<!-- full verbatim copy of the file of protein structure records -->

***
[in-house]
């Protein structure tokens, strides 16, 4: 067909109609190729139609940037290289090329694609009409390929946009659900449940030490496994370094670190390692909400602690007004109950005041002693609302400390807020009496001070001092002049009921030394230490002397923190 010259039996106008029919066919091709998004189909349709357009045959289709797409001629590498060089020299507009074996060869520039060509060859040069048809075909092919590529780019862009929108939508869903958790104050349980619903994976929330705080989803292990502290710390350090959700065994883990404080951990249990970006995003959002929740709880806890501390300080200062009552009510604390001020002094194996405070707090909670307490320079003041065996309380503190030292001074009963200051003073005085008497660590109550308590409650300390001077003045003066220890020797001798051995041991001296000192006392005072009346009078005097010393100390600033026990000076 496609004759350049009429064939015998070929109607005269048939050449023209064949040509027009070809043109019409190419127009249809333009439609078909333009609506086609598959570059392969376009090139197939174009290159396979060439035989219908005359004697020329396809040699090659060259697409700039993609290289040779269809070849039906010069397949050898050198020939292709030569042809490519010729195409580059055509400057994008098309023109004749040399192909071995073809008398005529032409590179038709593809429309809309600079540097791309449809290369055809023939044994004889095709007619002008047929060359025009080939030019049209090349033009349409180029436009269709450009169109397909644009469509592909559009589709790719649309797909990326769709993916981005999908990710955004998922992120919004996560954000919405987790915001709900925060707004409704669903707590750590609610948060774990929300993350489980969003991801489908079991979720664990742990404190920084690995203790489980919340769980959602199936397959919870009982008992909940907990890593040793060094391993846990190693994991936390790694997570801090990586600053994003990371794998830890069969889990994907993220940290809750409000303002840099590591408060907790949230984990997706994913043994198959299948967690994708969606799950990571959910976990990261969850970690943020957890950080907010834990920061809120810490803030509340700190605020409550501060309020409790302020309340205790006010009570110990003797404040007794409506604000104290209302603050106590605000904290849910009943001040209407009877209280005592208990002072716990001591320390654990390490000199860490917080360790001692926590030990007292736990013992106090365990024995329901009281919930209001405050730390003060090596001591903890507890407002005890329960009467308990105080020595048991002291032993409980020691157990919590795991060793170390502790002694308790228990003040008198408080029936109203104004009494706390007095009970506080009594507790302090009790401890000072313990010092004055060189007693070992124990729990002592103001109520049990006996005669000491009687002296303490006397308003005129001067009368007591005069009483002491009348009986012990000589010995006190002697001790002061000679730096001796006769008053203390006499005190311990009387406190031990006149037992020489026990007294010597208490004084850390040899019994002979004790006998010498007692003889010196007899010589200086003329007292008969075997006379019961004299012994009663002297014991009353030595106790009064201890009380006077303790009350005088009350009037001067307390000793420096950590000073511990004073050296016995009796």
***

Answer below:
[in-house]
């Protein structure tokens, strides 16, 4: 067909109609190729139609940037290289090329694609009409390929946009659900449940030490496994370094670190390692909400602690007004109950005041002693609302400390807020009496001070001092002049009921030394230490002397923190 010259039996106008029919066919091709998004189909349709357009045959289709797409001629590498060089020299507009074996060869520039060509060859040069048809075909092919590529780019862009929108939508869903958790104050349980619903994976929330705080989803292990502290710390350090959700065994883990404080951990249990970006995003959002929740709880806890501390300080200062009552009510604390001020002094194996405070707090909670307490320079003041065996309380503190030292001074009963200051003073005085008497660590109550308590409650300390001077003045003066220890020797001798051995041991001296000192006392005072009346009078005097010393100390600033026990000076 496609004759350049009429064939015998070929109607005269048939050449023209064949040509027009070809043109019409190419127009249809333009439609078909333009609506086609598959570059392969376009090139197939174009290159396979060439035989219908005359004697020329396809040699090659060259697409700039993609290289040779269809070849039906010069397949050898050198020939292709030569042809490519010729195409580059055509400057994008098309023109004749040399192909071995073809008398005529032409590179038709593809429309809309600079540097791309449809290369055809023939044994004889095709007619002008047929060359025009080939030019049209090349033009349409180029436009269709450009169109397909644009469509592909559009589709790719649309797909990326769709993916981005999908990710955004998922992120919004996560954000919405987790915001709900925060707004409704669903707590750590609610948060774990929300993350489980969003991801489908079991979720664990742990404190920084690995203790489980919340769980959602199936397959919870009982008992909940907990890593040793060094391993846990190693994991936390790694997570801090990586600053994003990371794998830890069969889990994907993220940290809750409000303002840099590591408060907790949230984990997706994913043994198959299948967690994708969606799950990571959910976990990261969850970690943020957890950080907010834990920061809120810490803030509340700190605020409550501060309020409790302020309340205790006010009570110990003797404040007794409506604000104290209302603050106590605000904290849910009943001040209407009877209280005592208990002072716990001591320390654990390490000199860490917080360790001692926590030990007292736990013992106090365990024995329901009281919930209001405050730390003060090596001591903890507890407002005890329960009467308990105080020595048991002291032993409980020691157990919590795991060793170390502790002694308790228990003040008198408080029936109203104004009494706390007095009970506080009594507790302090009790401890000072313990010092004055060189007693070992124990729990002592103001109520049990006996005669000491009687002296303490006397308003005129001067009368007591005069009483002491009348009986012990000589010995006190002697001790002061000679730096001796006769008053203390006499005190311990009387406190031990006149037992020489026990007294010597208490004084850390040899019994002979004790006998010498007692003889010196007899010589200086003329007292008969075997006379019961004299012994009663002297014991009353030595106790009064201890009380006077303790009350005088009350009037001067307390000793420096950590000073511990004073050296016995009796």